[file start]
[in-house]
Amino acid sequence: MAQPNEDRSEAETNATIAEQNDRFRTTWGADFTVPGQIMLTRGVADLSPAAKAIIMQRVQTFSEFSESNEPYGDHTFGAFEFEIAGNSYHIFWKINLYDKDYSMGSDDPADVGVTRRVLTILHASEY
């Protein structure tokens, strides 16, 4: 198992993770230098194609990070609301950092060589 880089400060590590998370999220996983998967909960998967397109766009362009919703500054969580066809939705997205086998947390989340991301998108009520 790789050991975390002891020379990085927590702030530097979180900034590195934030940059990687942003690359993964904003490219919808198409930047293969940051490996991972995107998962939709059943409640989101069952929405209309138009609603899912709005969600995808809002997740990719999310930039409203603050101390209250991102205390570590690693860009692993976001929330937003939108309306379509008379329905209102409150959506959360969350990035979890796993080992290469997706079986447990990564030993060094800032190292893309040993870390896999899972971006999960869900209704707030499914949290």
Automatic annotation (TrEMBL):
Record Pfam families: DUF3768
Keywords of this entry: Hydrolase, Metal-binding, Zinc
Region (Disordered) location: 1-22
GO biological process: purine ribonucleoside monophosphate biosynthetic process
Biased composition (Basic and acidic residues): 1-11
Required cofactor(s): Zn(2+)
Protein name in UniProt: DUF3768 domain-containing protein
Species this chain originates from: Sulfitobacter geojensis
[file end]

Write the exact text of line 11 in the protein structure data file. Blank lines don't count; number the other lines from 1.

Protein name in UniProt: DUF3768 domain-containing protein